One benefit to creating a business succession plan is to avoid probate. All assets, including business assets, must go through probate and the courts unless arrangements are made beforehand. Another benefit to creating a business succession plan is to maximize potential tax considerations for your estate and your business.
Your business may continue to grow in between the time that you create a business succession plan and when you pass away. The taxable estate will include the increased value unless it is planned for accordingly. Options for avoiding probate and increasing tax benefits include an ILIT, GRAT, GRUT, family limited partnership, or family limited liability company.
An ILIT is an irrevocable life insurance trust that can provide liquidity for a business during probate. The funds from the life insurance trust do not pass through probate and are available immediately to help with the costs of business. The GRAT and GRUT are types of trusts that you can transfer the assets of the business into for successors while still maintaining a source of income for yourself. Any appreciation in business value is not subject to probate and is shielded from estate taxes. The final option is a family limited partnership or a family limited liability company. Using these in a succession plan can allow the owner to transfer business assets to the successor without probate and can even discount some assets for gift tax purposes.
A trust, in particular an incentive trust, can be a very useful tool for someone who wants to provide for his heirs but is not sure that the heirs can use the inheritance constructively. A trust can encourage personal responsibility and accomplishment for the beneficiaries; however, it can also cause resentment on the part of the beneficiary towards the trustee. This usually occurs because the beneficiary is limited in the amount of funds that he can access, and the third-party trustee is making determinations about whether a distribution should be made.
The best way to minimize friction between the trustee and beneficiary is to make the terms of the trust as explicit as possible, but there will always be some level of interpretation on the part of the trustee. Another way to lessen issues between a beneficiary and a trustee when there is a dispute is to use a trust protector.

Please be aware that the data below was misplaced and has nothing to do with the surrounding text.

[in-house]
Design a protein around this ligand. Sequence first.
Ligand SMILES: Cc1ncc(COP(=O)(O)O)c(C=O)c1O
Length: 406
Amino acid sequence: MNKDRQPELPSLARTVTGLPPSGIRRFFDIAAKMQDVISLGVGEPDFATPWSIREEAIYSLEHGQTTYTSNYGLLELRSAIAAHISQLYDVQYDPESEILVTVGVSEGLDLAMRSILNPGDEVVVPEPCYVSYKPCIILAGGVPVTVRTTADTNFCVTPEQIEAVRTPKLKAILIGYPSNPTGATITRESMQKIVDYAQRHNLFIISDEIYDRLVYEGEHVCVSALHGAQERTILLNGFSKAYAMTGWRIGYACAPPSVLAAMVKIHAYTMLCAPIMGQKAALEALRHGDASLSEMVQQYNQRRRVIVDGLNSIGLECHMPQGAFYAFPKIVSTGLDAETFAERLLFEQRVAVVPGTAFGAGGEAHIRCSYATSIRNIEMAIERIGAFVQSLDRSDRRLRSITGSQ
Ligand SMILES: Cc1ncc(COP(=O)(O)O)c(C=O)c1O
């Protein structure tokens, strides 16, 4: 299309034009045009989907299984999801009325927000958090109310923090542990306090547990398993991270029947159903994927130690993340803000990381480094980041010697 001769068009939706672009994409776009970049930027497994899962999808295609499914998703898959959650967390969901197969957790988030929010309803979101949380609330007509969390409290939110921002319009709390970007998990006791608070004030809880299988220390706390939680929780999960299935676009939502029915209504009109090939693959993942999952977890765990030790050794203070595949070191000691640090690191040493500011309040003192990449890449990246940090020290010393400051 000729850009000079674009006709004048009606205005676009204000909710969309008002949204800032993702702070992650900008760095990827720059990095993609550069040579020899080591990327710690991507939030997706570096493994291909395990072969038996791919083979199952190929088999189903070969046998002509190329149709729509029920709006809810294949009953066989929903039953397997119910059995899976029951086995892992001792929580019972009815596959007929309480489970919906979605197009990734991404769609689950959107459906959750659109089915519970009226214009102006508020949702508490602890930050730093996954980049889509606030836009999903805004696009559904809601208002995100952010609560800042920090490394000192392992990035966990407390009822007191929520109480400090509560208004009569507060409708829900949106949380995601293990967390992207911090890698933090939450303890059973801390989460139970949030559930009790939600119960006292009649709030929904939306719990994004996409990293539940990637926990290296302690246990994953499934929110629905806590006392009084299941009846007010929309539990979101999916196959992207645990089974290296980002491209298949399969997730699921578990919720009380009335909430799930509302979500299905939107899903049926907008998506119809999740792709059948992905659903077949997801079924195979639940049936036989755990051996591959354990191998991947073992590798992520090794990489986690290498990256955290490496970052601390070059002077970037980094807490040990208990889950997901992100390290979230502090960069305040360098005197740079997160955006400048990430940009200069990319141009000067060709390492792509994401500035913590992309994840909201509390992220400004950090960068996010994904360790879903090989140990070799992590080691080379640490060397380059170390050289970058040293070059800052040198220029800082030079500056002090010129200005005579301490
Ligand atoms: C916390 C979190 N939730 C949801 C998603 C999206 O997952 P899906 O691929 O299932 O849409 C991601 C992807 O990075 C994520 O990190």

A trust protector is a usually a person who is close to the beneficiary. Most trust protectors are other members of the family, a close family friend, or other advisor who has an intimate knowledge of the family's circumstances. Using their knowledge of the family, the trust protector can help the trustee make difficult decisions regarding distributions and if allowed can even overrule the trustee.
Role of the Trust Protector
Ideally, if a trust protector is used the roles, responsibilities, and limits on power will be established in the trust document. For example, the trust creator could specify that the trust protector has the ability to overrule the decisions of the trustee on matters of distributions, or the trust protector could be authorized to intercede if he believes that the trust funds are not being invested properly. The more specific that the trust creator can be in describing the duties of the trust protector, the easier the working relationship between the trustee and trust protector will be.
The trust protector's main role is to serve as an arbiter between the trustee and beneficiary when a dispute arises about distributions of trust funds. The trust protector can interpret the conditions of the trust based on his knowledge of the family and wishes of the trust creator. Although the trust protector may have a closer relationship with the beneficiary, it does not mean that the protector will side with him on every decision.
Another role of the trust protector is to adjust the expectations of the trust with any changes in tax or estate planning law. A trust protector can work with the trustee to decide how the trust should be updated to maximize the tax benefits and then make distributions in addition to investment choices accordingly.
The one role that a trust protector does not play is as the beneficiary's advocate. A trust protector is not there to work for the beneficiary or against the trustee. The two roles are supposed to work in concert with one another to ensure that the trust's conditions are being followed according to the creator's wishes given the economic and familial circumstances while also giving the beneficiary what he is due.